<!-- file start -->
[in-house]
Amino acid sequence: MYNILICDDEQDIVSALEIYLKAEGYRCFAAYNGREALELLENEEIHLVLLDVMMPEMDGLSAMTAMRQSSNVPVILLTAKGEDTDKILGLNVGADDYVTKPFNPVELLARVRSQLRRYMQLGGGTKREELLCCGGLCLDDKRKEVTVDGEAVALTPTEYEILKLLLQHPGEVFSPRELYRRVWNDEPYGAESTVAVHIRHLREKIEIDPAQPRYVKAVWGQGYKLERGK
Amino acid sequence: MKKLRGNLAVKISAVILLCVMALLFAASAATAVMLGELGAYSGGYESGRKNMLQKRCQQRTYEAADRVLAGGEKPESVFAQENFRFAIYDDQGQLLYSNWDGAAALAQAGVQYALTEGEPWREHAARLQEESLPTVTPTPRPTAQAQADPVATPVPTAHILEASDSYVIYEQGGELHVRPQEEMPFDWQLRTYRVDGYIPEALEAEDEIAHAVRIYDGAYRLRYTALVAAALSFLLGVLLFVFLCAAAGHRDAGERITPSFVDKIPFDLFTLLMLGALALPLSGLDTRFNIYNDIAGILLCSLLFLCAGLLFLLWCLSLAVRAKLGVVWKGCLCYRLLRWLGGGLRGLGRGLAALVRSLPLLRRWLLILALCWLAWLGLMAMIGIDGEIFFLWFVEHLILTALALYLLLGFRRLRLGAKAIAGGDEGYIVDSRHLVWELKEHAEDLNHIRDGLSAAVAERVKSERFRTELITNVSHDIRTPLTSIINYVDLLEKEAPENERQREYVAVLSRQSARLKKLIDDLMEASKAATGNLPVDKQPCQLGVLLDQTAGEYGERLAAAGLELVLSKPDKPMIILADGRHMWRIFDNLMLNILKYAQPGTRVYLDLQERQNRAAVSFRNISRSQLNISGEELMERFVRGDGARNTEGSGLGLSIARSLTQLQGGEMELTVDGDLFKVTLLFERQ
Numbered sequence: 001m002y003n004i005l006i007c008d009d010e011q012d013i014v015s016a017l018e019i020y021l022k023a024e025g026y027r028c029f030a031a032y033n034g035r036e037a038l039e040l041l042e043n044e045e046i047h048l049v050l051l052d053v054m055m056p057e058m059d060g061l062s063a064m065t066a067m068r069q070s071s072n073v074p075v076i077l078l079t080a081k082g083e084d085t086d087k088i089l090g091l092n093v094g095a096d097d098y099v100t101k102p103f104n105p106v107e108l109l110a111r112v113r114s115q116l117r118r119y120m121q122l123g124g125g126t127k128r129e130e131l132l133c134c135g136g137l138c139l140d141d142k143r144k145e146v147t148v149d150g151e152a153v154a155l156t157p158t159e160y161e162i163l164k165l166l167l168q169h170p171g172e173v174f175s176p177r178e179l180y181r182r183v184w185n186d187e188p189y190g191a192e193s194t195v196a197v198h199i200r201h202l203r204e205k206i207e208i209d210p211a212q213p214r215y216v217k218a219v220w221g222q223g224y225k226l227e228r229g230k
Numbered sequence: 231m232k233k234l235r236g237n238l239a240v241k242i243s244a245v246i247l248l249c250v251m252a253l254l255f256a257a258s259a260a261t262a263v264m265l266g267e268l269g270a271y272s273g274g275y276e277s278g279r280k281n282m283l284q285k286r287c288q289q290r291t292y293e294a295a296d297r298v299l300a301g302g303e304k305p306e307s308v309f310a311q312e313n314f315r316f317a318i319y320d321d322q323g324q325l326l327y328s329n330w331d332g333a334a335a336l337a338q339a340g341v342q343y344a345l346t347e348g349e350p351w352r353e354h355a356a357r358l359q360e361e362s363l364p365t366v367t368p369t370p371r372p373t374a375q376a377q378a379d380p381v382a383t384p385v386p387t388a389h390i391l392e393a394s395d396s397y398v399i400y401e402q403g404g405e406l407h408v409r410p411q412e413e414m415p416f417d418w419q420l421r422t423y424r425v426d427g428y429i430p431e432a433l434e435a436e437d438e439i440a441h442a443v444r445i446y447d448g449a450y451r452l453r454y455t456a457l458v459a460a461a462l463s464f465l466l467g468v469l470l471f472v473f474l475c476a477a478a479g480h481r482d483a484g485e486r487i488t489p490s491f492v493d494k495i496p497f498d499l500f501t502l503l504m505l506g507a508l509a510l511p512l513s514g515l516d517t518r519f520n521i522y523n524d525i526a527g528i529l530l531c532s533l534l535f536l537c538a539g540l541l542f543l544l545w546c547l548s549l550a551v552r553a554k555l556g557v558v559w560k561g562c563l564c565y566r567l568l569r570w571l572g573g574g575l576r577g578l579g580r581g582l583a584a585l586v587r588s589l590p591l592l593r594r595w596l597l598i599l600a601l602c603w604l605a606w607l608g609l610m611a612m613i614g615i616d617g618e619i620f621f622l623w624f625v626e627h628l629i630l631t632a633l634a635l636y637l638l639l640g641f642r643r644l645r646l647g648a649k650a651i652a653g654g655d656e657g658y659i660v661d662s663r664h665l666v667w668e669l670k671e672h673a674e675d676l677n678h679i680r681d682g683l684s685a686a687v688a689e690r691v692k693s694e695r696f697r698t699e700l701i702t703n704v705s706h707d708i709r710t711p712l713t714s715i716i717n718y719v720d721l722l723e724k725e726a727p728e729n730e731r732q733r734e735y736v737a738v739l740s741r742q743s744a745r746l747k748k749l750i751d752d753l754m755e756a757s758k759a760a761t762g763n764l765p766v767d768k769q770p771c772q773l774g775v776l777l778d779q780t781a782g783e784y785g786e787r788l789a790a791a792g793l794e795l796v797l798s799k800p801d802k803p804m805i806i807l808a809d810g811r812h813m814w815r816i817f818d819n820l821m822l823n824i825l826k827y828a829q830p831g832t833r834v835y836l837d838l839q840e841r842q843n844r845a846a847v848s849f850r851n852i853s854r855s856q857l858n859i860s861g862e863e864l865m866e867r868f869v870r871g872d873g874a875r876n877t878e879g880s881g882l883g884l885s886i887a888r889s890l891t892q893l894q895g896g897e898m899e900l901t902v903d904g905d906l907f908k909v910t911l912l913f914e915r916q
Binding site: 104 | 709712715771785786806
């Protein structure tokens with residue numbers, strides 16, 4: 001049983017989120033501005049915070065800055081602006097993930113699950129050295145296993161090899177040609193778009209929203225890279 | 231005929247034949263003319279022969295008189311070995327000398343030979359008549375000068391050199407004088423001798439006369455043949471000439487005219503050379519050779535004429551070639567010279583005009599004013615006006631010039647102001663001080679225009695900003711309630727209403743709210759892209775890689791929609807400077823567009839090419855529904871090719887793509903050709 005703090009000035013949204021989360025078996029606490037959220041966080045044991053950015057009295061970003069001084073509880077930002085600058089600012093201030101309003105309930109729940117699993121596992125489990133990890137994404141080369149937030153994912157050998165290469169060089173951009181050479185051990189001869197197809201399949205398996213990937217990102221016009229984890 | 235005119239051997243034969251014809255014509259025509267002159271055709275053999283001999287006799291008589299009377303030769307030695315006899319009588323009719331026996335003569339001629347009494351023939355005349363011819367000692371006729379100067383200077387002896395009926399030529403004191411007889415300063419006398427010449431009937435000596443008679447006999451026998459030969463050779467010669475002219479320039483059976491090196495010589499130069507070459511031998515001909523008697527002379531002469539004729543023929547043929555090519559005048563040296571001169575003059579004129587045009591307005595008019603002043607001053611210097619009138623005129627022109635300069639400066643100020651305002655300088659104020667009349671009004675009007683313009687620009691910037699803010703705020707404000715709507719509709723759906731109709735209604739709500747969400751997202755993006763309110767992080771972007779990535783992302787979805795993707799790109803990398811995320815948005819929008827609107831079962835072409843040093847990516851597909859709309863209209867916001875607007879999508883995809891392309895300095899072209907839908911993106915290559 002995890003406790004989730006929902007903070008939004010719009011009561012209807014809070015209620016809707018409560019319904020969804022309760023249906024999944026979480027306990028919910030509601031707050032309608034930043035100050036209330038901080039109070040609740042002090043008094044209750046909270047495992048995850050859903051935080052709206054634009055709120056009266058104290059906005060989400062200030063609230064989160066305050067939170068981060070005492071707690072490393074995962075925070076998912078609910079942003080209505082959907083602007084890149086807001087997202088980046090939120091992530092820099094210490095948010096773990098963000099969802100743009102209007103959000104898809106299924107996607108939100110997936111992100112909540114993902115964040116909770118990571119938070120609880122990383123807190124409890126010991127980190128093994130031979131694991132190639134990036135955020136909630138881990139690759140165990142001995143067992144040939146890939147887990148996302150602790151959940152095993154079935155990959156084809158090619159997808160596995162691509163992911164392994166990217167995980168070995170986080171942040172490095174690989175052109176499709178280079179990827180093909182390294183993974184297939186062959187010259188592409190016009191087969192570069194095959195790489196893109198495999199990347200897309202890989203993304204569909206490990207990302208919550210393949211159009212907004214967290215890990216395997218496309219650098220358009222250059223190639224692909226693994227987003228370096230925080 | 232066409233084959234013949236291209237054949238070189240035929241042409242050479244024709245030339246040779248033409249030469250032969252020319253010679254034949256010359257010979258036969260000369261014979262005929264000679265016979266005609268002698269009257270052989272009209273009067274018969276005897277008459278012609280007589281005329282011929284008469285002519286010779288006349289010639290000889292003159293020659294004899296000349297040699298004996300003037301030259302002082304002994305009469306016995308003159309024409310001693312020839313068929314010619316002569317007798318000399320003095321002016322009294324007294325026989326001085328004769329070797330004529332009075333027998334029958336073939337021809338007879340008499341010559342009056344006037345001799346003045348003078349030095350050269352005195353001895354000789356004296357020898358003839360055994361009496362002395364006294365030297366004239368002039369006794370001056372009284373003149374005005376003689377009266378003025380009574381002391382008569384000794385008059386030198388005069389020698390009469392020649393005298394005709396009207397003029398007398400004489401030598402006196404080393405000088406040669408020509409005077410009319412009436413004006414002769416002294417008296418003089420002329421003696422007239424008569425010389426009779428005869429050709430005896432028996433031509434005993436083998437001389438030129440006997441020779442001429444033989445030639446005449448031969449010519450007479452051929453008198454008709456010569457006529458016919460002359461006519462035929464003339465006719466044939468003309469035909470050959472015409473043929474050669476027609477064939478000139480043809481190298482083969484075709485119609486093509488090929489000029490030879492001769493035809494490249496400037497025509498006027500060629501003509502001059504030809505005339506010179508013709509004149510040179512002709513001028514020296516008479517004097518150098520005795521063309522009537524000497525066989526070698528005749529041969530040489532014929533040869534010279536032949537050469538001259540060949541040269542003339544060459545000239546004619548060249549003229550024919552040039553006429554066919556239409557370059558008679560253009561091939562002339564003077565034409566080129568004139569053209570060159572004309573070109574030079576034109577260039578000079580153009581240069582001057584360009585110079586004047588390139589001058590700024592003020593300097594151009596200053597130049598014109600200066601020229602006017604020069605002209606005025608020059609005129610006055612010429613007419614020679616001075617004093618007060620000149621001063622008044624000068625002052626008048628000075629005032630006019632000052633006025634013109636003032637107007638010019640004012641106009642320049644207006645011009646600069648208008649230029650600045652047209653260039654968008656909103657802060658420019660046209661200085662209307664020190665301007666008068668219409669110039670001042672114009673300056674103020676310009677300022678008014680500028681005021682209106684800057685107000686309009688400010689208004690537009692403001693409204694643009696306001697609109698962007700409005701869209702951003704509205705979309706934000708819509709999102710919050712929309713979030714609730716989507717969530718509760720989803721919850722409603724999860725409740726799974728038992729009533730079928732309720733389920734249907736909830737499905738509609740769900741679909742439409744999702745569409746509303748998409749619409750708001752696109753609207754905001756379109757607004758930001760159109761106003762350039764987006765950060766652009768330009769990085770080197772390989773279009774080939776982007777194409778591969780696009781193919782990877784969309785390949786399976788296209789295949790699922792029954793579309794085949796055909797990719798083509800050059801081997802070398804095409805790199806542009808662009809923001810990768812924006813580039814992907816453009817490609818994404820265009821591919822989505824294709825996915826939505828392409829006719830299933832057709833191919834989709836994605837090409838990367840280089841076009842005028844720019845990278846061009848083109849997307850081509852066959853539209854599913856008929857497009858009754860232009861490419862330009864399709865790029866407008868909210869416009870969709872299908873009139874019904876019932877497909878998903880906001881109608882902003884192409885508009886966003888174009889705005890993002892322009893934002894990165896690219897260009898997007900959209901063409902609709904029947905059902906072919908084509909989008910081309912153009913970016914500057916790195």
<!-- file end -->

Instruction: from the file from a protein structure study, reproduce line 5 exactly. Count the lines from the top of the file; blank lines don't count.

Numbered sequence: 231m232k233k234l235r236g237n238l239a240v241k242i243s244a245v246i247l248l249c250v251m252a253l254l255f256a257a258s259a260a261t262a263v264m265l266g267e268l269g270a271y272s273g274g275y276e277s278g279r280k281n282m283l284q285k286r287c288q289q290r291t292y293e294a295a296d297r298v299l300a301g302g303e304k305p306e307s308v309f310a311q312e313n314f315r316f317a318i319y320d321d322q323g324q325l326l327y328s329n330w331d332g333a334a335a336l337a338q339a340g341v342q343y344a345l346t347e348g349e350p351w352r353e354h355a356a357r358l359q360e361e362s363l364p365t366v367t368p369t370p371r372p373t374a375q376a377q378a379d380p381v382a383t384p385v386p387t388a389h390i391l392e393a394s395d396s397y398v399i400y401e402q403g404g405e406l407h408v409r410p411q412e413e414m415p416f417d418w419q420l421r422t423y424r425v426d427g428y429i430p431e432a433l434e435a436e437d438e439i440a441h442a443v444r445i446y447d448g449a450y451r452l453r454y455t456a457l458v459a460a461a462l463s464f465l466l467g468v469l470l471f472v473f474l475c476a477a478a479g480h481r482d483a484g485e486r487i488t489p490s491f492v493d494k495i496p497f498d499l500f501t502l503l504m505l506g507a508l509a510l511p512l513s514g515l516d517t518r519f520n521i522y523n524d525i526a527g528i529l530l531c532s533l534l535f536l537c538a539g540l541l542f543l544l545w546c547l548s549l550a551v552r553a554k555l556g557v558v559w560k561g562c563l564c565y566r567l568l569r570w571l572g573g574g575l576r577g578l579g580r581g582l583a584a585l586v587r588s589l590p591l592l593r594r595w596l597l598i599l600a601l602c603w604l605a606w607l608g609l610m611a612m613i614g615i616d617g618e619i620f621f622l623w624f625v626e627h628l629i630l631t632a633l634a635l636y637l638l639l640g641f642r643r644l645r646l647g648a649k650a651i652a653g654g655d656e657g658y659i660v661d662s663r664h665l666v667w668e669l670k671e672h673a674e675d676l677n678h679i680r681d682g683l684s685a686a687v688a689e690r691v692k693s694e695r696f697r698t699e700l701i702t703n704v705s706h707d708i709r710t711p712l713t714s715i716i717n718y719v720d721l722l723e724k725e726a727p728e729n730e731r732q733r734e735y736v737a738v739l740s741r742q743s744a745r746l747k748k749l750i751d752d753l754m755e756a757s758k759a760a761t762g763n764l765p766v767d768k769q770p771c772q773l774g775v776l777l778d779q780t781a782g783e784y785g786e787r788l789a790a791a792g793l794e795l796v797l798s799k800p801d802k803p804m805i806i807l808a809d810g811r812h813m814w815r816i817f818d819n820l821m822l823n824i825l826k827y828a829q830p831g832t833r834v835y836l837d838l839q840e841r842q843n844r845a846a847v848s849f850r851n852i853s854r855s856q857l858n859i860s861g862e863e864l865m866e867r868f869v870r871g872d873g874a875r876n877t878e879g880s881g882l883g884l885s886i887a888r889s890l891t892q893l894q895g896g897e898m899e900l901t902v903d904g905d906l907f908k909v910t911l912l913f914e915r916q